Monthly Archives: October 2009

Dreaming About Tee Corinne

Laurie says:

I was planning to blog about something completely different, but last night I dreamed about Tee. She died three years ago in August and she’s been on my mind.

I dreamed that she was still alive but quite ill and I was going to visit her.  I did visit her in Oregon several times when she was ill and very much alive.  Usually when I dream about people I love who are dead, they are alive and present in my dream and I usually awake feeling good.  Tee wasn’t present in this dream (I was going to visit her) and I woke up missing her terribly.

Tee Corinne
Tee Corinne

As many of the people who read this blog know she is best remembered as a lesbian erotic photographer who did marvelous work.

But she did other work that is less familiar.  These portraits come from a series called Lesbian Muse: The Women Behind the Words (1990).


Valerie Taylor, author


Doris Davenport, poet


Judy Grahn, poet

And she was a writer and a poet.  The making of books was one of her many passions. She self-published a remarkable number of books of writings, poetry and images.

This poem of hers speaks to me, particularly today.


My old college roommate,
great love of my early years,
sent the menu of a restaurant near our school:

Catfish, all you can eat.
Fried shrimp dinner.
Fried shrimp dinner all you can eat.
Fresh Froglegs. Froglegs, all you can eat.
Fresh Gatortail.
Fresh boiled shrimp.
Fresh turtle.

These times will never come again.

Fresh combination: Turtle, Froglegs & catfish.
Combination (Catfish & Shrimp).
Half Southern fried chicken.
(Please allow 30 minutes).
Chopped steak (with or without onions).

Plain food. Screens on the windows,
a deck outside where
you can watch the river pass.
Mosquitos. Gnats.

Sirloin strip. Large choice T-bone.
All dinners include:
French Fries or Hash Browns,
Tossed Salad or Cole Slaw,
Hush Puppies or Rolls.

Hot days and warm nights.
The sweat always under your arms,
between your legs.

Swamp Cabbage,
$1.95 a bowl,
95¢ a dish.

It’s true
we can’t go back again,
but vividly, I remember
in my body and my dreams.

Yahoo Hires Lap Dancers?

Debbie says:

I was just cruising the Internet, looking for something interesting to blog today, but I didn’t expect this

Yahoo has apologized for its use of scantily clad lap dancers to entertain mainly male software developers and engineers in Taiwan last weekend. The Internet search company Monday acknowledged its politically incorrect step.

“I wanted to acknowledge the public reaction generated by the images of female dancers at our Taiwan Open Hack Day this past weekend. Our hack events are designed to give developers an opportunity to learn about our APIs and technologies. As many folks have rightly pointed out, the “Hack Girls” aspect of our Taiwan Hack Day is not reflective of that spirit or purpose. And it’s certainly not the message we want to send about our values here at Yahoo!. Hack Days are about making everyone feel welcome, including women coders and technologists.”

“This incident is regrettable and we apologize to anyone that we have offended. Rest assured, it won’t happen again.”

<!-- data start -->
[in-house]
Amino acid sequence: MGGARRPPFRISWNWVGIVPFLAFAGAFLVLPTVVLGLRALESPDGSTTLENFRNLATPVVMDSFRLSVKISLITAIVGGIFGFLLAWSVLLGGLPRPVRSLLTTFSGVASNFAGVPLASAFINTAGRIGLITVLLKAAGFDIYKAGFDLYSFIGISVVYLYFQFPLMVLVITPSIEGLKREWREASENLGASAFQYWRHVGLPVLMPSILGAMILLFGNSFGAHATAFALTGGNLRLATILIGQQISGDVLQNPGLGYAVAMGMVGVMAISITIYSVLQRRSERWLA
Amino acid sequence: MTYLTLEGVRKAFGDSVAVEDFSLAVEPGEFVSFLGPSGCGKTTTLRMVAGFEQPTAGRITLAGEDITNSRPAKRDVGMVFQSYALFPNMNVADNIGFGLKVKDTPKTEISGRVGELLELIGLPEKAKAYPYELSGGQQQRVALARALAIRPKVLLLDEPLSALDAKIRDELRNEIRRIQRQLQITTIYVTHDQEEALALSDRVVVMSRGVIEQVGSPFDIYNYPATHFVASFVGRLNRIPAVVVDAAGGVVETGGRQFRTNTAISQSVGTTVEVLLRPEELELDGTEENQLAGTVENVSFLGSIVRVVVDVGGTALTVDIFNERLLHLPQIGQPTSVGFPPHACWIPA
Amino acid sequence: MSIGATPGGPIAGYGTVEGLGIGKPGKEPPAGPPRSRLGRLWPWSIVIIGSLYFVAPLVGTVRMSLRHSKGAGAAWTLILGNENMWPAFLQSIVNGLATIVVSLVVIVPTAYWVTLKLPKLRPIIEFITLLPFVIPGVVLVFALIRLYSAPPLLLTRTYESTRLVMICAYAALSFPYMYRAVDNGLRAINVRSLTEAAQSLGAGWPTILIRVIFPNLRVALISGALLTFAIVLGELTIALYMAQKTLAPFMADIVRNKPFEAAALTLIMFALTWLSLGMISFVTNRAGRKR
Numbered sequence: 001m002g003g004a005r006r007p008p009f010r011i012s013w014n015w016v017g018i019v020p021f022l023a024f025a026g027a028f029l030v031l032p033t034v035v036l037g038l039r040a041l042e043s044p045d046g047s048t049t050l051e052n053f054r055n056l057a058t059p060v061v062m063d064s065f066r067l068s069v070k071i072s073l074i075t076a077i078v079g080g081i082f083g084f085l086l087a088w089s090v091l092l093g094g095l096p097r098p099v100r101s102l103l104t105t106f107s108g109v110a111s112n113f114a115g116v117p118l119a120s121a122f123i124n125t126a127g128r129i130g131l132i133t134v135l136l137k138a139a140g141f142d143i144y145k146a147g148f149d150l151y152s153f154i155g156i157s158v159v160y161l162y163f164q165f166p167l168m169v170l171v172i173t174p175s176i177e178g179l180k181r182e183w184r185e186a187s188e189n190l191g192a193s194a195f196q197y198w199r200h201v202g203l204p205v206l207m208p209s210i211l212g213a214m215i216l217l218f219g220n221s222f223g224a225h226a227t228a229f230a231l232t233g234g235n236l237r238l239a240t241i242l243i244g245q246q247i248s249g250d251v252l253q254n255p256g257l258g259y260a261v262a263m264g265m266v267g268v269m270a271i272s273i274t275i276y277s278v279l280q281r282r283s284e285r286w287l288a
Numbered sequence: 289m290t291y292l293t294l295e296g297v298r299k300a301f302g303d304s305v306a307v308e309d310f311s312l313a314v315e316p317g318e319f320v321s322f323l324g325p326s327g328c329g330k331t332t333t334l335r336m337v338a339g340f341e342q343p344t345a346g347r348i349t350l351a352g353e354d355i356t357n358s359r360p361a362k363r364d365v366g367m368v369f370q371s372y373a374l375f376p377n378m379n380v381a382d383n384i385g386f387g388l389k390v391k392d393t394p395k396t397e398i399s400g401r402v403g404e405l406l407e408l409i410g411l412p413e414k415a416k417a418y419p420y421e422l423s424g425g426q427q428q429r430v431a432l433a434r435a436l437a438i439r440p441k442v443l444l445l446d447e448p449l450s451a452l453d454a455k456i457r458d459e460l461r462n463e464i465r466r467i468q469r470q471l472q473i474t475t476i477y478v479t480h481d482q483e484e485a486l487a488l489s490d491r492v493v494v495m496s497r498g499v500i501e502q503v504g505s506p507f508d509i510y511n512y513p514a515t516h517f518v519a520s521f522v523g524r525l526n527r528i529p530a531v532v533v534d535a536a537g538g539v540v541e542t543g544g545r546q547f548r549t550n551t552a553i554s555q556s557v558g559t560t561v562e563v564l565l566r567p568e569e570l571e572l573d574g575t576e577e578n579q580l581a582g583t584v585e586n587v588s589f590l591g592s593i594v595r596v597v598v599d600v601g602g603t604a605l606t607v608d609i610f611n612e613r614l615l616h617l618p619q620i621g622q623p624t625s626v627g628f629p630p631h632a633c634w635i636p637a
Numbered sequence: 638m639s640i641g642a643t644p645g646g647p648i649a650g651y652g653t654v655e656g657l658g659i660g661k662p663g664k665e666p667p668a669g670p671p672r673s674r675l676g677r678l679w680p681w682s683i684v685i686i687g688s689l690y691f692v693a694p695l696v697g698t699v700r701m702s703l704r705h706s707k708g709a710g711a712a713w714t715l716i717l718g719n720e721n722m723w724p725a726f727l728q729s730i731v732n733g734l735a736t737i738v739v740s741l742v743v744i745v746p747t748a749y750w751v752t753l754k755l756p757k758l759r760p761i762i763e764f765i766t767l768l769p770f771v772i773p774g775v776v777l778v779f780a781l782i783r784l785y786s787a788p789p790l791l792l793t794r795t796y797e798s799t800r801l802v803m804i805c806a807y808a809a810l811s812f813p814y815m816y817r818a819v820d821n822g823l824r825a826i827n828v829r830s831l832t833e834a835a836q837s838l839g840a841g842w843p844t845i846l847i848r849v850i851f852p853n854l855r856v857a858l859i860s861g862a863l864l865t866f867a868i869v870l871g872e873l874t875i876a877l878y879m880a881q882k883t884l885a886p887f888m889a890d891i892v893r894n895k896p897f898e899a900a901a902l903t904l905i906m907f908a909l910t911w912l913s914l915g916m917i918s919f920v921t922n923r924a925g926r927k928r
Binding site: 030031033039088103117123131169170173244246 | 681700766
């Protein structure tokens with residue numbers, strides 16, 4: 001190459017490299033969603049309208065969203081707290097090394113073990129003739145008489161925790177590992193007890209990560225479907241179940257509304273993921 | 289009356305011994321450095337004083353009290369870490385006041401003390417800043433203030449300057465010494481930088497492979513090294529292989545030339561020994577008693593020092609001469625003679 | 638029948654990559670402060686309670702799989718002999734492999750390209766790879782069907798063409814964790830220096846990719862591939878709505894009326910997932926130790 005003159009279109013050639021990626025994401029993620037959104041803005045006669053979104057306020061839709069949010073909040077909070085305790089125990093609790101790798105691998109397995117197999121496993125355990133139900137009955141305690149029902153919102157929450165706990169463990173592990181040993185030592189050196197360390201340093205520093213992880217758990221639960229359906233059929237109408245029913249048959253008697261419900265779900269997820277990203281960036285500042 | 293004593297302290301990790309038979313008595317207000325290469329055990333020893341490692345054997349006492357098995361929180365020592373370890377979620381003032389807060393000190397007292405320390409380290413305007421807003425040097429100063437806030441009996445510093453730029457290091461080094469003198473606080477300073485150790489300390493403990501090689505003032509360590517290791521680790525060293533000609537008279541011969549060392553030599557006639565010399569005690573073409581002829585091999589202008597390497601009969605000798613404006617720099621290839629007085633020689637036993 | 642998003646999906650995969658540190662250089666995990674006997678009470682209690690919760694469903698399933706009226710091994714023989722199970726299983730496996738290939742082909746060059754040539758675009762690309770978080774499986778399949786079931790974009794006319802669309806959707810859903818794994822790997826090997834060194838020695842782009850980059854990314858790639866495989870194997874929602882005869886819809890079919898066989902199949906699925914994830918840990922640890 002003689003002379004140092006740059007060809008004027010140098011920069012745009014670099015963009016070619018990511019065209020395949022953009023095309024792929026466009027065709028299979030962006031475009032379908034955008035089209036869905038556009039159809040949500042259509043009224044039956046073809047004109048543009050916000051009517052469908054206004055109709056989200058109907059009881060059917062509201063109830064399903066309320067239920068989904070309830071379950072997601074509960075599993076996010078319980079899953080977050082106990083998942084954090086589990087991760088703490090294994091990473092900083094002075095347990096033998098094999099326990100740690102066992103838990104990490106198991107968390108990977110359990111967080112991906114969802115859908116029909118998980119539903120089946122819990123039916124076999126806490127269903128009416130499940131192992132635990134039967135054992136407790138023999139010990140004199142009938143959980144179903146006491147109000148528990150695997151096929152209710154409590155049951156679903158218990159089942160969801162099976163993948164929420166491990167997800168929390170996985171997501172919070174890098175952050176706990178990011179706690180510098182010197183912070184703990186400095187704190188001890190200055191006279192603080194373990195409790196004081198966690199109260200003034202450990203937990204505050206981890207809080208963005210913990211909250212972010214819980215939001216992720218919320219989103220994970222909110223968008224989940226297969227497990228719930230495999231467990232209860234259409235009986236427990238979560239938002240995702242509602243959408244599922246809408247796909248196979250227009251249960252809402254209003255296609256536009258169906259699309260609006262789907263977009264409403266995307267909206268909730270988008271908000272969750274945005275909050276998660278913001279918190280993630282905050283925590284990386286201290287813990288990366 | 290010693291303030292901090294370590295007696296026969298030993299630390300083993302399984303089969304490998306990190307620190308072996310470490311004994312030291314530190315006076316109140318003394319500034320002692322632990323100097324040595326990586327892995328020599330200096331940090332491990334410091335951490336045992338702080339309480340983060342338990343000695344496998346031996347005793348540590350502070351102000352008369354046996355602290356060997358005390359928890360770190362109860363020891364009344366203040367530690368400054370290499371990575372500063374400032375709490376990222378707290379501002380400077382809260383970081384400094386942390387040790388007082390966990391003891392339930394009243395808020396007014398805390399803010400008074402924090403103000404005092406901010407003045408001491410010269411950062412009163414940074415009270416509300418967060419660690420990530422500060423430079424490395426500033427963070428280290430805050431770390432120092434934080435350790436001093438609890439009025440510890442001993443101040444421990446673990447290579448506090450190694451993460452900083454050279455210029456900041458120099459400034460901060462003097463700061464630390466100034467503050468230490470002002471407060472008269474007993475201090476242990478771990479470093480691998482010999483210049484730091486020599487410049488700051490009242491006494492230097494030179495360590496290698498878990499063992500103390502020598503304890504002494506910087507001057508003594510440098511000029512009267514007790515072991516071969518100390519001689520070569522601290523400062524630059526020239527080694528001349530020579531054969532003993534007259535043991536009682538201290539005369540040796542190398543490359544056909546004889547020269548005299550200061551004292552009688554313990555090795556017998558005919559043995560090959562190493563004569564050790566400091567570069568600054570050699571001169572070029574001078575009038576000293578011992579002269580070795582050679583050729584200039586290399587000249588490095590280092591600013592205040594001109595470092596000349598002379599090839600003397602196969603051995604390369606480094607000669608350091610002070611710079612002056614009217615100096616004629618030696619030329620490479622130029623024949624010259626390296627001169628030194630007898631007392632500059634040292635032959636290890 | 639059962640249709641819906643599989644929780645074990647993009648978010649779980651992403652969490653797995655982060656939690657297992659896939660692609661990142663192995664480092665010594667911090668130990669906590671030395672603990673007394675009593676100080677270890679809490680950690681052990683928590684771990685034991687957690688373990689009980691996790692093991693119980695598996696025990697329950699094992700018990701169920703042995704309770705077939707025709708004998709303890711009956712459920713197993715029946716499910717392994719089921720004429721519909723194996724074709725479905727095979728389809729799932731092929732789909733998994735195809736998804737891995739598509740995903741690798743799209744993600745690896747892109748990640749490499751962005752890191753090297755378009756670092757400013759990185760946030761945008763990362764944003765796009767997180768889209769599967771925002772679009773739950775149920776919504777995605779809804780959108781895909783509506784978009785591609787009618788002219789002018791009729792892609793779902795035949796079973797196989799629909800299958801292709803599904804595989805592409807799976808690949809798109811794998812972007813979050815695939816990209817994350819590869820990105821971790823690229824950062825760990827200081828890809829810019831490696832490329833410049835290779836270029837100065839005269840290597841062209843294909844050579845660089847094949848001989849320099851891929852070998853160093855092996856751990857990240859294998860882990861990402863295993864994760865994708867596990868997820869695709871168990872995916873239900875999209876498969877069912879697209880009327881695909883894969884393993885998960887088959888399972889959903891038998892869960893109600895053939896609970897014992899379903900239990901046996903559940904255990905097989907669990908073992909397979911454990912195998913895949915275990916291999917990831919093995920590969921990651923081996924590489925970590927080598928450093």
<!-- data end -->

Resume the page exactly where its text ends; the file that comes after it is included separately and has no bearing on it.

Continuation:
The apology is on an apparently obscure developer blog, though by now it has made national news.

Cory Doctorow at BoingBoing is appropriately, if simplistically, scathing on the topic:

What a blot on technology culture this is. As a father of a young daughter whom I hope will be excited about technology, hacking, and making stuff, Yahoo’s vile behavior makes me want to puke purple exclamation points.

Regrettable? I can think of some choice words to describe this, and regrettable is so far down the list that you’d need to scroll for a week to reach it.

Of course, I agree with Cory that this is completely inappropriate, and wrong. And I also notice what isn’t addressed in the BoingBoing piece (or the Yahoo apology).

I certainly don’t know what the cultural standard is in Taiwan. I wouldn’t like this even if it was absolutely common to have lap dancers at Taiwan corporate events; nonetheless, I’d still like to know if it is. I’d like to know the national make-up of the attendees: how many are Taiwanese, how many are American, how many are “Westerners,” how many are from other parts of Asia? What are the cultural expectations of the various attendees? Apparently, Hack Day is an international event–either it travels from country to country or it happens in different countries at different times. I’d also like to know more about the gender balance than “mainly male,” which could be anything from 60% to 95% male. I’d like to know the ethnic backgrounds of attendees and of dancers.

And I’d like to know more about the lap dancers. According to the MSNBC article, they danced “wearing bras and miniskirts,” and then “pretty much threw themselves upon the men.” Apparently, the video and photo evidence of this on Flickr has been made private. The blurry but unmistakable photos at the BoingBoing link above do seem to show Asian dancers and white men. I’d like to know what they were actually paid to do, whether or not they were well paid, and why they “threw themselves upon the men.” Were they instructed to do that? Were they looking for individual payment from attendees? Again, what’s the cultural standard in Taiwan?

It’s so easy to see stories like this through one lens: in this case, almost all the news and blog reporting seems to be about how women technologists and engineers were mistreated by this choice. An extremely valid lens, but not the only one.

Thanks to maevele for the pointer.